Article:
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Restaurant relief fund opens Monday


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Restaurants and other food and drink businesses can sign up now to apply for grants of up to $10 million from the U.S. Small Business Administration.

The Restaurant Revitalization Fund will begin processing grant applications at 10 a.m. Mountain Time on Monday, according to the SBA website, www.sba.gov.

Businesses not wanting to apply online can work with point-of-sale vendors such as Square, Toast, Clover, NCR Corp. and Oracle. They do not need to pre-register on the SBA site if working with Square or Toast, according to the SBA.

The Restaurant Revitalization Fund was created by the American Rescue Plan signed into law in March, but the concept was being worked on by industry and government leaders since shortly after the coronavirus pandemic was prevalent in the United States in March 2020.

The fund has $28.6 billion to allocate. Grants can be for a minimum of $1,000 to a maximum of $10 million per business, with a limit of $5 million for each physical location.

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For the first 21 days, funding priority will be given to operations owned by women, veterans or socially or economically disadvantaged individuals. The SBA also has set aside money specifically for smaller businesses, as determined by 2019 gross receipts.

A range of food and drink businesses can apply if they meet the criteria. They include restaurants; caterers; snack and beverage stands; food trucks and stands; bakeries; bars, tasting rooms, pubs, breweries and wineries; and inns that serve food and beverages.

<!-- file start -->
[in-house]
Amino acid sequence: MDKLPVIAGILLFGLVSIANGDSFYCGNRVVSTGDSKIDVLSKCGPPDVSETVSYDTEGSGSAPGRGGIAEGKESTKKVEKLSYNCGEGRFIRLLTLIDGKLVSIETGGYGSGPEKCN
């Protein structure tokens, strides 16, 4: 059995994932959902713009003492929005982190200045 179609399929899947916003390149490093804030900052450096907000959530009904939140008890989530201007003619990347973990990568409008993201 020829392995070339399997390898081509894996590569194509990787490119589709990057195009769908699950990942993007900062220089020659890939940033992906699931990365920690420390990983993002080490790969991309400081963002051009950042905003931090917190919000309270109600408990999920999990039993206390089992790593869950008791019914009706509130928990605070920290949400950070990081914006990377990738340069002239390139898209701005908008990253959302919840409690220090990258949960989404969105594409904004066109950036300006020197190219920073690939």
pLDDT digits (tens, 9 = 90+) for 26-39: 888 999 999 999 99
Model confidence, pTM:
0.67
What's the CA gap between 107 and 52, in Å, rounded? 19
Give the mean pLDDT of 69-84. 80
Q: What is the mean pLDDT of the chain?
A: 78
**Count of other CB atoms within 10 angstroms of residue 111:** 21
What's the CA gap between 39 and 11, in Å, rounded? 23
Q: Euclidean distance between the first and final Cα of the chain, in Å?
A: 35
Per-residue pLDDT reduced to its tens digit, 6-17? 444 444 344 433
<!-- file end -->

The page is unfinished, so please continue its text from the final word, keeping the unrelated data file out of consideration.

COVID-related business losses and expenses occurring from February 2020 to March 2023 can be covered by the grants.

According to a news release from the Independent Restaurant Coalition, the Restaurant Revitalization Fund is modeled after the Restaurant Act, first suggested to the U.S. Congress by the coalition in April 2020.

In its request last year to Congress, the coalition indicated that it represented about 500,000 independent restaurants that employ about 11 million people and are estimated to contribute $1 trillion a year to the national economy.

The coalition also said that prior business relief legislation, such as the Paycheck Protection Program, had restrictions and requirements that made many food and drink businesses ineligible.

Research by the National Restaurant Association found that, in 2020, industry sales declined $270 billion; 110,000 restaurants closed permanently or for a long period; and jobs declined by two million. Its data also indicated that 32% of restaurant operators thought it could take seven months to a year for business conditions to return to normal.

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